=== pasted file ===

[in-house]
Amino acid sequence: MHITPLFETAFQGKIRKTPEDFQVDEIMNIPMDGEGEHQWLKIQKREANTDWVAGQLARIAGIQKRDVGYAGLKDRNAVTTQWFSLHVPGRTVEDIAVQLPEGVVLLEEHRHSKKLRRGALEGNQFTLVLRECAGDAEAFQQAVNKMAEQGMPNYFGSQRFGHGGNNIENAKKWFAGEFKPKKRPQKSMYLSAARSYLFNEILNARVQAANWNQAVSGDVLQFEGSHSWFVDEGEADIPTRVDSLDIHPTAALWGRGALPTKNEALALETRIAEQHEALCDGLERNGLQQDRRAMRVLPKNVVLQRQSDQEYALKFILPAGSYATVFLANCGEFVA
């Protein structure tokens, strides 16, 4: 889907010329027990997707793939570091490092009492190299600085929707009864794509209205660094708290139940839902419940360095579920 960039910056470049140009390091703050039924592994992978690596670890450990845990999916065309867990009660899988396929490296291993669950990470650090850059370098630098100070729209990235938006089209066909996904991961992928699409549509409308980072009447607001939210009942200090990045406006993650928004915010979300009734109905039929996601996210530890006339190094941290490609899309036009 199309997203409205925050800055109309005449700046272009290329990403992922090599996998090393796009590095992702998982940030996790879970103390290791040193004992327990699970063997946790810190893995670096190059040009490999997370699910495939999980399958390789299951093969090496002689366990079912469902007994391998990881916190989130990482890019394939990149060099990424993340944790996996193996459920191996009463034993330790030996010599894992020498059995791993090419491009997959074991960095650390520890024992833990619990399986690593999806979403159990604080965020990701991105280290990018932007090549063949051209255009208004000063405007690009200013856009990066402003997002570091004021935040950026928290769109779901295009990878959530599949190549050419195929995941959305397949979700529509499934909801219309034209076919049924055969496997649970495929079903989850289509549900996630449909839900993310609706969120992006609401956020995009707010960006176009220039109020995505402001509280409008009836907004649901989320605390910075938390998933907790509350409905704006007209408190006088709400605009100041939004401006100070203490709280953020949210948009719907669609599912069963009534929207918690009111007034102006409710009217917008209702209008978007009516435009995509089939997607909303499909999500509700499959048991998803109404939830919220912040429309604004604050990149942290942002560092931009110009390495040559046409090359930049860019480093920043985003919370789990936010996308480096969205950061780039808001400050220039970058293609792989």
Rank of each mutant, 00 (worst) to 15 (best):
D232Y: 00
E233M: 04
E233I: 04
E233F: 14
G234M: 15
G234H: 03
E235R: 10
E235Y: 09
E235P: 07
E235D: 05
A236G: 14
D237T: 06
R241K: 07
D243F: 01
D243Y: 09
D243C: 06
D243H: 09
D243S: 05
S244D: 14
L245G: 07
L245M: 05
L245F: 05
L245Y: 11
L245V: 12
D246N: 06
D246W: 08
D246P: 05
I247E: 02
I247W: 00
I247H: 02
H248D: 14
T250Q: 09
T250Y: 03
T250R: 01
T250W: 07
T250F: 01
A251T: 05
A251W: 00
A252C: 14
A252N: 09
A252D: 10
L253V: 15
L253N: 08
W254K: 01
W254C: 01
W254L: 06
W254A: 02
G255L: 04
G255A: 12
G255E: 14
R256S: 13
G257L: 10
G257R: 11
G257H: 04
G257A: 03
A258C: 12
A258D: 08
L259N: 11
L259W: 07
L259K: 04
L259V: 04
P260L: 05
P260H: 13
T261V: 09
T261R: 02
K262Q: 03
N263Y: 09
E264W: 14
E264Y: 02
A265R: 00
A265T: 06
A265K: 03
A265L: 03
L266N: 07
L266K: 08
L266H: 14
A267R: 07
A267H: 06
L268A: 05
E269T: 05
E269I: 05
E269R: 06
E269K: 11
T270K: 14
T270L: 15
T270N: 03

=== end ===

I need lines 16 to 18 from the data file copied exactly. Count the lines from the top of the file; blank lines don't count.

D237T: 06
R241K: 07
D243F: 01